Scroll down to find out about:
1. Our Origins
2. Our Constitution
3. Our Objectives
4. Rights of Way
5. What to Wear
6. How to become a member
7. Taster Walks
1. The Origins and Founding of the Society
The East Herts Footpath Society was founded in 1970 by Henry Barnes and his son John, together with a small and dedicated group of enthusiasts in East and North Hertfordshire to protect the local footpath network. This was to compliment the work of Len Dunford, with the adjoining Mid Herts Footpath Society, a group which had been in existence from the 1950s. The intention was to legally oppose the closure of Public Rights of Way, to report to the County Council the lack of signage, damaged stiles, wired gates, swampy green lanes and the obliteration of field paths by ploughing. To help clear overgrown paths and offer lead group walks. Through these actions it was hoped to preserve and extend the network; keep footpaths, bridleways and byways open and to actively encourage their use for the recreation and enjoyment of all. These are still our aims today, for although much has been done, footpaths are still at risk.
2. Our Constitution
The Society shall be known as The East Herts Footpath Society.
The objects of the Society shall be to work for and assist in:
a) the provision, preservation and protection of public rights of way over footpaths and other ways, in particular those in East Hertfordshire;
b) the preservation and enhancement for the benefit of the public of the beauty of the countryside;
c) the advancement of the education of the general public in matters relating to the foregoing objects.
Full membership of the Society shall be accorded to any individual aged 18 years or over who is in sympathy with, and has a commitment to, the objects of the Society as set out above and who has paid the annual subscription as laid down from time to time by the Executive Committee.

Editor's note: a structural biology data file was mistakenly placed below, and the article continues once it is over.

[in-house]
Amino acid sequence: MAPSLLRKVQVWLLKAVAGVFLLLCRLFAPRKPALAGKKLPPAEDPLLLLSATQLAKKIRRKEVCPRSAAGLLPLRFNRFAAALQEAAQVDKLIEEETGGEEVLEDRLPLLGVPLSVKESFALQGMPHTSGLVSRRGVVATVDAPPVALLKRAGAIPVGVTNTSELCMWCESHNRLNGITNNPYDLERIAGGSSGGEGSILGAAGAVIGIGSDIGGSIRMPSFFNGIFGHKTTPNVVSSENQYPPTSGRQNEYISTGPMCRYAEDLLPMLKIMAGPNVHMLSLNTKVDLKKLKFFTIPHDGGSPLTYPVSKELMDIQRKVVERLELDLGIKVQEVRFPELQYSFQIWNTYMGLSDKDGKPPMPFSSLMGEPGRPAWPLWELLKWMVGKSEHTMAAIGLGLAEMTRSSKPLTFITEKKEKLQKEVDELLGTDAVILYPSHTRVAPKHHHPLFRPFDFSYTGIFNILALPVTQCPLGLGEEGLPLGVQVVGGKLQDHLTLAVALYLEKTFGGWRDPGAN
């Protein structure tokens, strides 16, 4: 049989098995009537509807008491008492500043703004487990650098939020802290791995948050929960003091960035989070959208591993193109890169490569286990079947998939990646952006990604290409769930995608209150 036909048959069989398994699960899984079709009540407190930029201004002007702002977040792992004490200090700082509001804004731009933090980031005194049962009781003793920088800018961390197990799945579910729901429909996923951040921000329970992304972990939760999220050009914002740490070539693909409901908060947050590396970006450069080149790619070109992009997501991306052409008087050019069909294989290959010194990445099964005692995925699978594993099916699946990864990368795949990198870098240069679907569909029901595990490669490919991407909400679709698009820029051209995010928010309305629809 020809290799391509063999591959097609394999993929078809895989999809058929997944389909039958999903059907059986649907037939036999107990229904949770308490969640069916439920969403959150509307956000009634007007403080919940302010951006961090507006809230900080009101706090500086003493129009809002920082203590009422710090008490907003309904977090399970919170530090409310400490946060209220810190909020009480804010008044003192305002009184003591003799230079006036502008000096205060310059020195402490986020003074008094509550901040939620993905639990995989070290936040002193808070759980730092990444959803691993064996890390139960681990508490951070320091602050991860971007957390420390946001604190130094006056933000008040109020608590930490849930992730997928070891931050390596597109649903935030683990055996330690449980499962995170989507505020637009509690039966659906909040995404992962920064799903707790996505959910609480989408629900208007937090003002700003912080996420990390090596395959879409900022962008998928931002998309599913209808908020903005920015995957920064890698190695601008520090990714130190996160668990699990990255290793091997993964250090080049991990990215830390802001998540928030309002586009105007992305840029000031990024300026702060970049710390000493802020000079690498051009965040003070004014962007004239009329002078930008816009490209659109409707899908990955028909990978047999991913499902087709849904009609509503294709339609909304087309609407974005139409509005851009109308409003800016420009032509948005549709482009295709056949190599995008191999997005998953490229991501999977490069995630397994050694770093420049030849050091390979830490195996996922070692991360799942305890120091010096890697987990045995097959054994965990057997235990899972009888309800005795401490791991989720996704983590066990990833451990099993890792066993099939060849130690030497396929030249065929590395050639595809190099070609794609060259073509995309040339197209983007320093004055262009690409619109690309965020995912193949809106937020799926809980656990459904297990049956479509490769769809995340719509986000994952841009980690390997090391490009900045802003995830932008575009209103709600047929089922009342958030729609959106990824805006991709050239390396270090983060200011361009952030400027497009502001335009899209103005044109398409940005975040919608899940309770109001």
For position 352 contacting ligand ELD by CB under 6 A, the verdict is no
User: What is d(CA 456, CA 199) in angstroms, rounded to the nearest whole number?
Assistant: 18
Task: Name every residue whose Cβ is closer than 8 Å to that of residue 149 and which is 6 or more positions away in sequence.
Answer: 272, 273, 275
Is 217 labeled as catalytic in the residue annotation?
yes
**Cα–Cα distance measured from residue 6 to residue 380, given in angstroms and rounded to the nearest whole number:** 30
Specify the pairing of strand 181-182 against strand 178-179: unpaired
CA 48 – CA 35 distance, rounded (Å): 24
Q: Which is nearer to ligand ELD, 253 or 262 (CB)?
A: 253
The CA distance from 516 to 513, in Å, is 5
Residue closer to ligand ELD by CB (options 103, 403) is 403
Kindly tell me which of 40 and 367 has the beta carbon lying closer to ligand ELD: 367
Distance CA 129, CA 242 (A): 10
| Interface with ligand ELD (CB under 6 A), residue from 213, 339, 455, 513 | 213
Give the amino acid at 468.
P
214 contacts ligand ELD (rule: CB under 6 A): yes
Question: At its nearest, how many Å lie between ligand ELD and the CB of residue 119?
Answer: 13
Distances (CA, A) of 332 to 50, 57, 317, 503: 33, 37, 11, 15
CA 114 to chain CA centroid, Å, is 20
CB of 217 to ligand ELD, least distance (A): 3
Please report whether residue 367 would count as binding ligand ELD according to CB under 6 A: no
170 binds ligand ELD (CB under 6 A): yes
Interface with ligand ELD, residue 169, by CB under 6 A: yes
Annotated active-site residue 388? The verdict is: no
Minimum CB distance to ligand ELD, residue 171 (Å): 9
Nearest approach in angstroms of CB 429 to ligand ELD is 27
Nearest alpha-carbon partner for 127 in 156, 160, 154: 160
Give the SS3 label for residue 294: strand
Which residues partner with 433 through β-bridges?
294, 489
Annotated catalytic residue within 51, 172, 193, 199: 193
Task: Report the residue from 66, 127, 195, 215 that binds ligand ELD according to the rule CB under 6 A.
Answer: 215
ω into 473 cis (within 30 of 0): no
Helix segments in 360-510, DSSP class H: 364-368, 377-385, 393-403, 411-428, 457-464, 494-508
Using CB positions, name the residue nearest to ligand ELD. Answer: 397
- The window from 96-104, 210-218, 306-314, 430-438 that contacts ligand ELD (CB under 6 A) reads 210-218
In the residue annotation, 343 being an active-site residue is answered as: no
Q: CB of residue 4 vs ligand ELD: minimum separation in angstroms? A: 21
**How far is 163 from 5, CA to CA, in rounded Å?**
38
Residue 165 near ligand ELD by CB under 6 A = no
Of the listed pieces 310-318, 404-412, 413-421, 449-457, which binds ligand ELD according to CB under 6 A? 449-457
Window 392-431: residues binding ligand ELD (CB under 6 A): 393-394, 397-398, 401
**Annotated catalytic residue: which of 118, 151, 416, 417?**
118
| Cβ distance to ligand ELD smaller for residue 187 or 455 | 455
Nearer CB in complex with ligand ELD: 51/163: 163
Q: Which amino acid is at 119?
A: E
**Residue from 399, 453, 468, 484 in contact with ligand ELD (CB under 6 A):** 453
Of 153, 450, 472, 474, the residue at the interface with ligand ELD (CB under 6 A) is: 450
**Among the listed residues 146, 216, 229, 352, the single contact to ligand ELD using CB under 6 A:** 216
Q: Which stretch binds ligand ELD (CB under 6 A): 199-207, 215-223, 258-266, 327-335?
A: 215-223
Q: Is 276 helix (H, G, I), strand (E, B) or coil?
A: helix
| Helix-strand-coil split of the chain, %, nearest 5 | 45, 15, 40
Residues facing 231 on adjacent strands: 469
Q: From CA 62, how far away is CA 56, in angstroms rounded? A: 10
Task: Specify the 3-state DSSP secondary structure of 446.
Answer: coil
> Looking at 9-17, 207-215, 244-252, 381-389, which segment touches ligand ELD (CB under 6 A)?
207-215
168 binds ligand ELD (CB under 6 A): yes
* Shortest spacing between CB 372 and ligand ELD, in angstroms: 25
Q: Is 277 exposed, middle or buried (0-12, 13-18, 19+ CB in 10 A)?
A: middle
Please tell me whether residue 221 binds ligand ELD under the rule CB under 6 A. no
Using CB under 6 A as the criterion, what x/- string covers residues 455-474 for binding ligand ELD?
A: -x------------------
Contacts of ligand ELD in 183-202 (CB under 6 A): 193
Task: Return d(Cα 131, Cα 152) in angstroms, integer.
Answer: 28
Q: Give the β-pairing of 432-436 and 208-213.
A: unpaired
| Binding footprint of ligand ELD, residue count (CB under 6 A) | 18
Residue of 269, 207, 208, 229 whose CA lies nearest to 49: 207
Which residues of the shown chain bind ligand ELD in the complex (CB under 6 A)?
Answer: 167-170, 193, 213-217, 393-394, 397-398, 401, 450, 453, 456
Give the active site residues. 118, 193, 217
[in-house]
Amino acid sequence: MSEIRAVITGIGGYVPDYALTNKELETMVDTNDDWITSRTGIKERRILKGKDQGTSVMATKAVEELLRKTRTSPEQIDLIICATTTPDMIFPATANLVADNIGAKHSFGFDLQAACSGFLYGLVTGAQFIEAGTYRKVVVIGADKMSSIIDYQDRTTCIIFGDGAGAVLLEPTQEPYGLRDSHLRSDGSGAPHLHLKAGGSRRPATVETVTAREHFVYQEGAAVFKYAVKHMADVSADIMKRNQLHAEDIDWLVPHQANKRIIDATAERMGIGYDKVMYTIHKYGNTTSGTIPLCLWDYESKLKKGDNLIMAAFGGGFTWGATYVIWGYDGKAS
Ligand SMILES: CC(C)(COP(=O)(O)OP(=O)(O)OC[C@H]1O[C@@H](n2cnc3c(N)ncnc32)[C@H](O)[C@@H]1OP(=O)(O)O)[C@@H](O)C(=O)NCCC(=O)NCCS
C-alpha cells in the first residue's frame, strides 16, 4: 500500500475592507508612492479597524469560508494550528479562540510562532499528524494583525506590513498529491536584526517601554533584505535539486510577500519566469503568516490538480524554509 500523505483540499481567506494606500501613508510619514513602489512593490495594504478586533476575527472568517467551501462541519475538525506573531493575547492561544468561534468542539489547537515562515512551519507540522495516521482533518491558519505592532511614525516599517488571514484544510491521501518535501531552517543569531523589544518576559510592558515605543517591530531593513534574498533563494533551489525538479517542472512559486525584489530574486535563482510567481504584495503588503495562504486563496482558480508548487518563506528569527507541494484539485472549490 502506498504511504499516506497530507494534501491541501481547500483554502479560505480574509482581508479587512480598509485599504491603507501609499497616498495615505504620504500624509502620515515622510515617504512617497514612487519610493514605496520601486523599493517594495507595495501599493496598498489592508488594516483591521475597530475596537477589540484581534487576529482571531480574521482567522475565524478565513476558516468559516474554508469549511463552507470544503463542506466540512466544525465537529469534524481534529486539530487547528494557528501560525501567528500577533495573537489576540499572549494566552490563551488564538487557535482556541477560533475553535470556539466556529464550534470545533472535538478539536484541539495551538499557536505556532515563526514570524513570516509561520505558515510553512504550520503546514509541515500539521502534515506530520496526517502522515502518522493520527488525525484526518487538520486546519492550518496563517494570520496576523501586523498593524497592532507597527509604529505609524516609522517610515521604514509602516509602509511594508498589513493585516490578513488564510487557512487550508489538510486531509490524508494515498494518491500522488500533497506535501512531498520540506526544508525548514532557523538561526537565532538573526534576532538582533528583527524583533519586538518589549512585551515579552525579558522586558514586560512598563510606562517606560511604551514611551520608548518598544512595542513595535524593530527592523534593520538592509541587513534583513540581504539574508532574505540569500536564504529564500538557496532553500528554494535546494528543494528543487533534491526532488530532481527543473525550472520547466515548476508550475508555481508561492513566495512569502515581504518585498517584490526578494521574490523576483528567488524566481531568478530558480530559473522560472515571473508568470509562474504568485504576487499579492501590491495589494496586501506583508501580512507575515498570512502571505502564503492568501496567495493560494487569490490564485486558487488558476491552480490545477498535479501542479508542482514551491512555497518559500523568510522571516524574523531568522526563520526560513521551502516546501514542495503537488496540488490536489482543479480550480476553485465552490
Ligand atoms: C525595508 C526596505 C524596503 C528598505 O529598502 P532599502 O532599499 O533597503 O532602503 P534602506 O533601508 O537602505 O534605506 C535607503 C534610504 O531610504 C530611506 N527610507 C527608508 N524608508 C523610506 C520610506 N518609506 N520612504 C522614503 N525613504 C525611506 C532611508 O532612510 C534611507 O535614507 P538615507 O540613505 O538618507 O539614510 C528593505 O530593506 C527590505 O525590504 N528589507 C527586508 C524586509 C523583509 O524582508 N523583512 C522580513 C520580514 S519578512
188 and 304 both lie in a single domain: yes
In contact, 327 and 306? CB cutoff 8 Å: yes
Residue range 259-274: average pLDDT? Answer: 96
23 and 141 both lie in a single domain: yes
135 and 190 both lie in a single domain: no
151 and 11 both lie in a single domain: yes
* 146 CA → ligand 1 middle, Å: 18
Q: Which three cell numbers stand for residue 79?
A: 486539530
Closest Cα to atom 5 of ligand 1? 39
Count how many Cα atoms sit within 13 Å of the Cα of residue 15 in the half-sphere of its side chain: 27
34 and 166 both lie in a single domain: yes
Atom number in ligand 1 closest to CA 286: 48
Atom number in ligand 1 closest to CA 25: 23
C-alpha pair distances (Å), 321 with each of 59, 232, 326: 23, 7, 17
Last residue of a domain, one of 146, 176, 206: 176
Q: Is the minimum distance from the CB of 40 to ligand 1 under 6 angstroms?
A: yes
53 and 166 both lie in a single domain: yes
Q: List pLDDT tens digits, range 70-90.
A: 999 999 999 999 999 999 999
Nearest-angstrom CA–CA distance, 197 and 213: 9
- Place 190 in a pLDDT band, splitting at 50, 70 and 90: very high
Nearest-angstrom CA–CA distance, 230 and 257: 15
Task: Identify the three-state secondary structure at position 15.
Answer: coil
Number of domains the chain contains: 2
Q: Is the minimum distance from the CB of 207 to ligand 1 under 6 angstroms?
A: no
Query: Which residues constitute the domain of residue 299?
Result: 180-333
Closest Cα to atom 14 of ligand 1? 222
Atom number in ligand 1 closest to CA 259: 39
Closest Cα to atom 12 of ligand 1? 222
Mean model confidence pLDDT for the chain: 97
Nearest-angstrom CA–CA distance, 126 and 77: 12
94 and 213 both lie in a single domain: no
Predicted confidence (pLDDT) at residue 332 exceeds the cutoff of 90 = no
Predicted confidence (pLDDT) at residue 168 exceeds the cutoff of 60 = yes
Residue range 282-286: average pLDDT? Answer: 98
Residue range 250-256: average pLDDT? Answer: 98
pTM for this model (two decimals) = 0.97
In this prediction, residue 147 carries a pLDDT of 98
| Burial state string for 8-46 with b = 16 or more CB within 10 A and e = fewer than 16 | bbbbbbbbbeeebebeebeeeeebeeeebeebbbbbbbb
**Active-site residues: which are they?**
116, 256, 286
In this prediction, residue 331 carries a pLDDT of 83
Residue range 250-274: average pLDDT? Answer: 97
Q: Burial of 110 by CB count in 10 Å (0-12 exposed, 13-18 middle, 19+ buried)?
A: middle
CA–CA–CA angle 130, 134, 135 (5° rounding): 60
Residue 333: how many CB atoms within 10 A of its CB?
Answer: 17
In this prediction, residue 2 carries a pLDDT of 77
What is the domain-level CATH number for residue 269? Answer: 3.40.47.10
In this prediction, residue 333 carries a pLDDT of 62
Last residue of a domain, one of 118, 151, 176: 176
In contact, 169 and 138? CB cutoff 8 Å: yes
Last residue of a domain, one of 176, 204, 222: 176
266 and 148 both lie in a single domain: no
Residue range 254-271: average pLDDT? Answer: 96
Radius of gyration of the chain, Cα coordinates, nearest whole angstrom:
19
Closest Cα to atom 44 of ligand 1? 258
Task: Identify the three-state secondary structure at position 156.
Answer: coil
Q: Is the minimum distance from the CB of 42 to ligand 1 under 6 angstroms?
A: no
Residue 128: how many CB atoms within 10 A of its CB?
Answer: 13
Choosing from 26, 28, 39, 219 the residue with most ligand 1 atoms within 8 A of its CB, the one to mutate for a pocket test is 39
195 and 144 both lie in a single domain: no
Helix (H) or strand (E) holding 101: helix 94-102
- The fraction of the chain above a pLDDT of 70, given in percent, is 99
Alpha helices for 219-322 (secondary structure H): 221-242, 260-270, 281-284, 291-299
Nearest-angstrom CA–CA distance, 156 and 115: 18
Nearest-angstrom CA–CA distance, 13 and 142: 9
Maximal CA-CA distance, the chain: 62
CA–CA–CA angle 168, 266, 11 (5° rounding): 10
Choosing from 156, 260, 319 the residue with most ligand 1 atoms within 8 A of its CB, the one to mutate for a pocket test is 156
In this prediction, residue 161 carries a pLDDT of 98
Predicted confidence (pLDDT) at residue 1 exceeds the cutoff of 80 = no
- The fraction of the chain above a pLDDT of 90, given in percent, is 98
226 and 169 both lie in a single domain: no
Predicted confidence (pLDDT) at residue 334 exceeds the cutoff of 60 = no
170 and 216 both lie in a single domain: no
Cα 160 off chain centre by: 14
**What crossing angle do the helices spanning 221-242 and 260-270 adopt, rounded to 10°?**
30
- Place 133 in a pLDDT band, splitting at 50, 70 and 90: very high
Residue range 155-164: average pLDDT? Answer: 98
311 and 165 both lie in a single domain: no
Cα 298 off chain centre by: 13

4. Executive Committee
There shall be an Executive Committee elected at the Annual General Meeting which shall consist of not more than 15 members. The Committee shall have the following powers:-
a) to co-opt other members (not exceeding 3 in number) as may be required to carry on the business of the Society.
b) to co-opt during the year a Chairman, a Secretary, and a Treasurer, and such other members as may be necessary to fill occurring vacancies on the Committee, provided that the Committee shall never exceed more than 18 members altogether.
c) to elect every year a Chairman, a Secretary and a Treasurer, and such other officers as are required to carry out the day-to-day business.
d) to approve or reject applications for membership.
e) for good and sufficient reason to terminate the membership of any individual person provided that any such person shall have the right to be heard beforehand by the Executive Committee.
f) to adopt and issue standing orders or rules for the Society provided that they shall be subject to review by the Society in General Meeting and shall not be inconsistent with the provisions of this Constitution.
The quorum for any Committee meeting shall be five members of the Committee.
As stated in Clause 4, the Executive Committee has the responsibility to elect every year (following the Annual General Meeting) the following:-
d) Such other officers as may, in the opinion of the Committee, be required to carry on the business of the Society, such as, for example, a Vice Chairman, an editor, or a person to take charge of clearance and other work in the field. Every such officer appointed shall hold office only until the next following Annual General Meeting, when a new Executive Committee shall be appointed.
6. Annual General Meeting
The Annual General Meeting of the Society shall be held during the first 3 months of the calendar year and never later than 31st March. The date is to be agreed by the Executive Committee and not less than 30 days' written notice of the date and place of such a meeting shall be given to members in general.
Every such General Meeting shall (amongst other business) elect members of the Executive Committee as set in Clause 4 and in addition the meeting shall appoint an Honorary Auditor to serve until the next following Annual General Meeting.
7. Extraordinary General Meetings
Extraordinary General Meetings may be called:-
a) by the Executive Committee
b) on receipt by the Secretary of a written request signed by not fewer than 20 paid-up members.
In either case, not less than 30 days' written notice of the date and place of such a meeting shall be given to paid up members and in addition they shall be provided with a statement as to the business to be transacted.
The quorum at a General Meeting of the Society shall be 20 paid-up members of the Society or such other number as the Society may in General Meeting from time to time decide.